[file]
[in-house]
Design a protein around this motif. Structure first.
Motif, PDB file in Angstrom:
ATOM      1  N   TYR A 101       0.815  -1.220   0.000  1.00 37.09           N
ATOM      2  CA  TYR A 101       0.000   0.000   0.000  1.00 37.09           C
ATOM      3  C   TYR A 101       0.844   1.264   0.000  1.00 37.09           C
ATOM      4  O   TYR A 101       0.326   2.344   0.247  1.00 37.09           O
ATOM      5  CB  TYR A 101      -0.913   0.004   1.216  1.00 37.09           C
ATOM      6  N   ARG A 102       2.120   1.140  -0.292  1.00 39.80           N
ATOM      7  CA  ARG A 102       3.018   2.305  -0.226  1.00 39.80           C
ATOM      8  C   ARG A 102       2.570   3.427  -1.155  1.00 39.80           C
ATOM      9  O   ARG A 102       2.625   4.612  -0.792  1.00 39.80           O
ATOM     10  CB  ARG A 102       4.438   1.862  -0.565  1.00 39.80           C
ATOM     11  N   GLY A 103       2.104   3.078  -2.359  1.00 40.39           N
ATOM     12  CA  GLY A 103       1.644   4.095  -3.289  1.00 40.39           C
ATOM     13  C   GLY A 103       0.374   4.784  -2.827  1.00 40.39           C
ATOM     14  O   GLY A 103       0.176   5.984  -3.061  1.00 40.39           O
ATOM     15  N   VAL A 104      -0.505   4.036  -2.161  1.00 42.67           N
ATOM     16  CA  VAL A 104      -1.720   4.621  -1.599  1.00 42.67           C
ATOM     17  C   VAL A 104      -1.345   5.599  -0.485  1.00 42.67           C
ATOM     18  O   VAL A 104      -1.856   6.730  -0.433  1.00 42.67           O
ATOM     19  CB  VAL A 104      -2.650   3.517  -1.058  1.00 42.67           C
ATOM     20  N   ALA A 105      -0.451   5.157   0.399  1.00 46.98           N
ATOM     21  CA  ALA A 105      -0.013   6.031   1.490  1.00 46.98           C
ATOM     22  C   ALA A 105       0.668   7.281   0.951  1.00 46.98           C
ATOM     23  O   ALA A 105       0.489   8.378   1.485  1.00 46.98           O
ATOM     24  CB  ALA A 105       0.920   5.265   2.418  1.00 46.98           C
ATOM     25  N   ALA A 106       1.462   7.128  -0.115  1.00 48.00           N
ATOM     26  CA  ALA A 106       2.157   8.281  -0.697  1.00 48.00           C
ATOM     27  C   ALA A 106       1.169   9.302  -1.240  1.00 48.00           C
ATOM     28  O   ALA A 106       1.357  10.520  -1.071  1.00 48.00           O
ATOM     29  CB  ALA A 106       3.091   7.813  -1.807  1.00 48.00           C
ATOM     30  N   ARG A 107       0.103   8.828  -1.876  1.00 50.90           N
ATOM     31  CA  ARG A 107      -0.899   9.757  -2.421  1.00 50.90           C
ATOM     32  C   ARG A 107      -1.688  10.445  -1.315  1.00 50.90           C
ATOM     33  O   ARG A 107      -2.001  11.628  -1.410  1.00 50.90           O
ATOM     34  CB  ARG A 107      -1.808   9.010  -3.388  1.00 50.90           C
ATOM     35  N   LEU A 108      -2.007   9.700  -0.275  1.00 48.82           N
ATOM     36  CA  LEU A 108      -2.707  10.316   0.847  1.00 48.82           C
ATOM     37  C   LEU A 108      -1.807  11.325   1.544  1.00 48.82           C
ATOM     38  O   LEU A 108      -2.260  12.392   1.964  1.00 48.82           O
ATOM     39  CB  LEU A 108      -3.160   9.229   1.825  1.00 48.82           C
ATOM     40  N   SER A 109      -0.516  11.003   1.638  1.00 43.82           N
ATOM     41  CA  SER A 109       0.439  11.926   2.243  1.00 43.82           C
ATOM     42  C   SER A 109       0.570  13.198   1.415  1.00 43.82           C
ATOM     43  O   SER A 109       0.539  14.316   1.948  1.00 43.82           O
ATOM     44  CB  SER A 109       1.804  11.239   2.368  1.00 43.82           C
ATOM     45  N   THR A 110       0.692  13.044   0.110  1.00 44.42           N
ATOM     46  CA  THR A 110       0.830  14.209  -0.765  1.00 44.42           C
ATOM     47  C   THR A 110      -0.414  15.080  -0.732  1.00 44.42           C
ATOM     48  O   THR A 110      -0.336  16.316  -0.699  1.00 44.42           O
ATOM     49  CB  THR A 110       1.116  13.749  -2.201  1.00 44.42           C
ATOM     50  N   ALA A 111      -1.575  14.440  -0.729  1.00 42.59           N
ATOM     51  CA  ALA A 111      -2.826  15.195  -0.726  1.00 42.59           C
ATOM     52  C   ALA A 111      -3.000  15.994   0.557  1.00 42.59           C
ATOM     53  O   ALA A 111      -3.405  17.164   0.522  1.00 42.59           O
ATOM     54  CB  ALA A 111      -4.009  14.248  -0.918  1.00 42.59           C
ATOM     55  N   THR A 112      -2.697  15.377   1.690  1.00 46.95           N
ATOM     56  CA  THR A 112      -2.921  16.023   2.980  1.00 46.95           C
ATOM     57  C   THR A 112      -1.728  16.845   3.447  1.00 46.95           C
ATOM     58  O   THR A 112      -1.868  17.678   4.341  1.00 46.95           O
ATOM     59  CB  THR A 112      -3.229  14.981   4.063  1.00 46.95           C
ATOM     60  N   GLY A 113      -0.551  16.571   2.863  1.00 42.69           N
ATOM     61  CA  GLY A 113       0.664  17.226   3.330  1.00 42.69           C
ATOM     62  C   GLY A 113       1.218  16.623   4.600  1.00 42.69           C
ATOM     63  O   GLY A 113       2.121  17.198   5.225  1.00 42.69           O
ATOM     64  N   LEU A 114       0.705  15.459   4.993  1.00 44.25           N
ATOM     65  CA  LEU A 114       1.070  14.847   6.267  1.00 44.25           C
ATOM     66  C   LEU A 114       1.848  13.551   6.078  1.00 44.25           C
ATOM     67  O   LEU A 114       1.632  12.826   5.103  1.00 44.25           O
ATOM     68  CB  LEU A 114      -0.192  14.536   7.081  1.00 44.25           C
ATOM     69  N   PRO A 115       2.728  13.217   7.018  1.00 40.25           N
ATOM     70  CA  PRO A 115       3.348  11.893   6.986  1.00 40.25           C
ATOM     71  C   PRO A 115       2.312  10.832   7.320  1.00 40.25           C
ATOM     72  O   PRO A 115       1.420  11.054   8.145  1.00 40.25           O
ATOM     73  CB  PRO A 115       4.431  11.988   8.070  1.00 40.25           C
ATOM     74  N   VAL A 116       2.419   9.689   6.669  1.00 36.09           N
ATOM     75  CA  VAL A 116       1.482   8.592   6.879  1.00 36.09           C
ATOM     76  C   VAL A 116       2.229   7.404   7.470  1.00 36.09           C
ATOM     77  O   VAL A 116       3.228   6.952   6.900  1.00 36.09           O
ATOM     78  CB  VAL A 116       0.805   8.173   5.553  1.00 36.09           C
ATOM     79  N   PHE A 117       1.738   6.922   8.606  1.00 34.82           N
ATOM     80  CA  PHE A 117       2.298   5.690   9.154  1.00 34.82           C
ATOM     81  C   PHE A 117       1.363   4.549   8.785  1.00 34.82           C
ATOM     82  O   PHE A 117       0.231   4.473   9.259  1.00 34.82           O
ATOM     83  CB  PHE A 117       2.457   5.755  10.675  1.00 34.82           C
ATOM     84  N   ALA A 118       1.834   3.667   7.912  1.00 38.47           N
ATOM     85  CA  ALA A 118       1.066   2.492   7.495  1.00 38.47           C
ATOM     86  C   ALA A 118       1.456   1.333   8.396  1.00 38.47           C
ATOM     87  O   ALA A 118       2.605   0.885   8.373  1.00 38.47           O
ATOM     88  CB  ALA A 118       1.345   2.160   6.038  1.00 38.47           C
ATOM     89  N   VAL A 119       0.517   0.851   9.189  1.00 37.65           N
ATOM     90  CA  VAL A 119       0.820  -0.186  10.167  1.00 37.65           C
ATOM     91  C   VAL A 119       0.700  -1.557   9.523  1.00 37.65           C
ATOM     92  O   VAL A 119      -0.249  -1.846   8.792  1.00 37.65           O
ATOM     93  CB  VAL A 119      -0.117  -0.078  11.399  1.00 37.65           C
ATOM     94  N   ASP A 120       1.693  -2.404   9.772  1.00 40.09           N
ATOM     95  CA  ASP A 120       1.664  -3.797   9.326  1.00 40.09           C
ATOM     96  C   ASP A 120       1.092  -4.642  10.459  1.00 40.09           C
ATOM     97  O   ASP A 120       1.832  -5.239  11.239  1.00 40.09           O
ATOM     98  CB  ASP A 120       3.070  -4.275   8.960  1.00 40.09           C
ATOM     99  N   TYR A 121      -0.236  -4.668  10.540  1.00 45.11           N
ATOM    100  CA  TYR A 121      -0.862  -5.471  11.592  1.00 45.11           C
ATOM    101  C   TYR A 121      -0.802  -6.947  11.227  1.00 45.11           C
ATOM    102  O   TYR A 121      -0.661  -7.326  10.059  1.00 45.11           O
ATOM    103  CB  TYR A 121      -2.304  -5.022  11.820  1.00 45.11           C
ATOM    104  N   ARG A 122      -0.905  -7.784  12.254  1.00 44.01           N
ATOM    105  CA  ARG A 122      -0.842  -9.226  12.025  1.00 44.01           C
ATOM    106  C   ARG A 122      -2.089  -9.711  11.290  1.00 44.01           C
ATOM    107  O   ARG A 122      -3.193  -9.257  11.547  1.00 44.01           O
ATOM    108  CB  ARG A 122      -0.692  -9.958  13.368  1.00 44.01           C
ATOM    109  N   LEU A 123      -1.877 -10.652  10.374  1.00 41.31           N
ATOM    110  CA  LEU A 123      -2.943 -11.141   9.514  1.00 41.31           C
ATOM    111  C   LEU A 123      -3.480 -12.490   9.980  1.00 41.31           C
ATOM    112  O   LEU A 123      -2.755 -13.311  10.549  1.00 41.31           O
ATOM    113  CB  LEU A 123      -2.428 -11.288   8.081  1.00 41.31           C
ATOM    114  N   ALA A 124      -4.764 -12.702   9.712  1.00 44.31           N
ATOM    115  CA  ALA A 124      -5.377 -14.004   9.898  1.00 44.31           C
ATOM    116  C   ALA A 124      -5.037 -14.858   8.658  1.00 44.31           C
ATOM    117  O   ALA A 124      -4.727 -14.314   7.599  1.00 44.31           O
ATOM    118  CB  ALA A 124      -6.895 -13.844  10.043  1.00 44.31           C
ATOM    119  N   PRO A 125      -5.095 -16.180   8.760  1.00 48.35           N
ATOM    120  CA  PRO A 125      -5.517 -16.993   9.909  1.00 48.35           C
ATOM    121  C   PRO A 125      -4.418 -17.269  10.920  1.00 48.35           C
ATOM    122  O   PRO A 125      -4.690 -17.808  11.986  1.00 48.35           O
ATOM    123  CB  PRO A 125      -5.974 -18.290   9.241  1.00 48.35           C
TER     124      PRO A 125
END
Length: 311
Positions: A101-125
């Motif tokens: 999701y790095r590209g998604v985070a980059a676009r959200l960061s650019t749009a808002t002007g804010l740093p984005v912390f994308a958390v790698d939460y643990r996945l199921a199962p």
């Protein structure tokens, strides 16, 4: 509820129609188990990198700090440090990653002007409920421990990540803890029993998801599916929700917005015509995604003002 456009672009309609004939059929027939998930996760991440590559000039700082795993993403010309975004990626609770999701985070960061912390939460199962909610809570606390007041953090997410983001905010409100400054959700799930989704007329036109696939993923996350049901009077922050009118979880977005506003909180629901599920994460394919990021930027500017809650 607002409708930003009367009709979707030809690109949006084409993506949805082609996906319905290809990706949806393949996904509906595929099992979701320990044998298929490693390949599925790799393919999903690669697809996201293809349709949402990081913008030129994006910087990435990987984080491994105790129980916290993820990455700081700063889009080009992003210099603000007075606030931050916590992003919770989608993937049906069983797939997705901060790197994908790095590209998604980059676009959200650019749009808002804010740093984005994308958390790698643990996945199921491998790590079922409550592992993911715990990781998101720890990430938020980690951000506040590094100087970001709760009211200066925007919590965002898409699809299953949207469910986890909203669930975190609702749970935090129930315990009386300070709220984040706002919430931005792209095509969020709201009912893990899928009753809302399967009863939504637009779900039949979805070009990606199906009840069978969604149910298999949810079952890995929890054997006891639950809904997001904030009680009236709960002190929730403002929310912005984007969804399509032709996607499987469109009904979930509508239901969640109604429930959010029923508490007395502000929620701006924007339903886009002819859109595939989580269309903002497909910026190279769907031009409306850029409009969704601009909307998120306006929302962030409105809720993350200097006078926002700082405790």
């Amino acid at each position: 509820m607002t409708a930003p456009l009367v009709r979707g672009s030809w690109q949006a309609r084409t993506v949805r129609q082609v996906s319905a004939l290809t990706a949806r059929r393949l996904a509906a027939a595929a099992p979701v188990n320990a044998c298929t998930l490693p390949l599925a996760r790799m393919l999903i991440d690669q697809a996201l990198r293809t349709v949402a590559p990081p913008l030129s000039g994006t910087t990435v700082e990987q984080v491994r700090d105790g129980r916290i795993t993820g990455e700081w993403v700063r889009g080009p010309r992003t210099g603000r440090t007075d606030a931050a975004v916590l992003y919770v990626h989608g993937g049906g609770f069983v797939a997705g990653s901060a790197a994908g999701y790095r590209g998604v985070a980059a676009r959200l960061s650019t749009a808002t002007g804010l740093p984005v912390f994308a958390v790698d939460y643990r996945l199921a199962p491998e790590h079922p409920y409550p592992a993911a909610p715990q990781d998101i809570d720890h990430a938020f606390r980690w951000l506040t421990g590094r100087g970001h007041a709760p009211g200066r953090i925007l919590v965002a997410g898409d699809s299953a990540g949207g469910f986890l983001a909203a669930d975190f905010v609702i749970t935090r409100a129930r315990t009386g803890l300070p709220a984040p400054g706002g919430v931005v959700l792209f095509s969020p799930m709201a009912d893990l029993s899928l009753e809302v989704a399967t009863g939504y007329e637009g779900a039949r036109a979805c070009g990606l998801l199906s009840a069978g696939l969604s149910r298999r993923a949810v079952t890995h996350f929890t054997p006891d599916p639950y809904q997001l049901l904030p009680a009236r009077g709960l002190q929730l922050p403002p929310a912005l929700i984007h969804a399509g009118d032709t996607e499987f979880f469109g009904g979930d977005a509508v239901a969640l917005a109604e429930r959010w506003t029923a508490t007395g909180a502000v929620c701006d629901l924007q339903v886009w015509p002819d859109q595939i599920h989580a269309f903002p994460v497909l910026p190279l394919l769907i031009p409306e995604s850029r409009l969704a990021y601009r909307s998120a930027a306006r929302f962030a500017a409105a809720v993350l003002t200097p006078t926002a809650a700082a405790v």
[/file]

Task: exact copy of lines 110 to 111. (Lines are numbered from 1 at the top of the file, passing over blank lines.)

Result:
ATOM    107  O   ARG A 122      -3.193  -9.257  11.547  1.00 44.01           O
ATOM    108  CB  ARG A 122      -0.692  -9.958  13.368  1.00 44.01           C